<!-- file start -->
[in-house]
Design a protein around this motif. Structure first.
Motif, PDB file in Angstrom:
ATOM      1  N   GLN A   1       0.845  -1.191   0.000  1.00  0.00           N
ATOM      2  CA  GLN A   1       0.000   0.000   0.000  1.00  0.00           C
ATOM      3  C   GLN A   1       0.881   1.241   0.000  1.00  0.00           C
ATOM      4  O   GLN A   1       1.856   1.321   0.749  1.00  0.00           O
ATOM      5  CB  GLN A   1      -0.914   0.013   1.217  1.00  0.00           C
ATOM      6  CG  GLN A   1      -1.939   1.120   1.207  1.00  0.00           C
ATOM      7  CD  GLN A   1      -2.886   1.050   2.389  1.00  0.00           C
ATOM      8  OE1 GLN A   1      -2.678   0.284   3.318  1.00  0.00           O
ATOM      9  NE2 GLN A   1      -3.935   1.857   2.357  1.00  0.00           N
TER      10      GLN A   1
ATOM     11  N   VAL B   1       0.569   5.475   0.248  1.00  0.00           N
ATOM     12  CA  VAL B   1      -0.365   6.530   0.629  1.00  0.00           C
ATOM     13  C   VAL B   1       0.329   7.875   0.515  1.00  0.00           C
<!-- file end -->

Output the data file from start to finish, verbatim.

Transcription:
[in-house]
Design a protein around this motif. Structure first.
Motif, PDB file in Angstrom:
ATOM      1  N   GLN A   1       0.845  -1.191   0.000  1.00  0.00           N
ATOM      2  CA  GLN A   1       0.000   0.000   0.000  1.00  0.00           C
ATOM      3  C   GLN A   1       0.881   1.241   0.000  1.00  0.00           C
ATOM      4  O   GLN A   1       1.856   1.321   0.749  1.00  0.00           O
ATOM      5  CB  GLN A   1      -0.914   0.013   1.217  1.00  0.00           C
ATOM      6  CG  GLN A   1      -1.939   1.120   1.207  1.00  0.00           C
ATOM      7  CD  GLN A   1      -2.886   1.050   2.389  1.00  0.00           C
ATOM      8  OE1 GLN A   1      -2.678   0.284   3.318  1.00  0.00           O
ATOM      9  NE2 GLN A   1      -3.935   1.857   2.357  1.00  0.00           N
TER      10      GLN A   1
ATOM     11  N   VAL B   1       0.569   5.475   0.248  1.00  0.00           N
ATOM     12  CA  VAL B   1      -0.365   6.530   0.629  1.00  0.00           C
ATOM     13  C   VAL B   1       0.329   7.875   0.515  1.00  0.00           C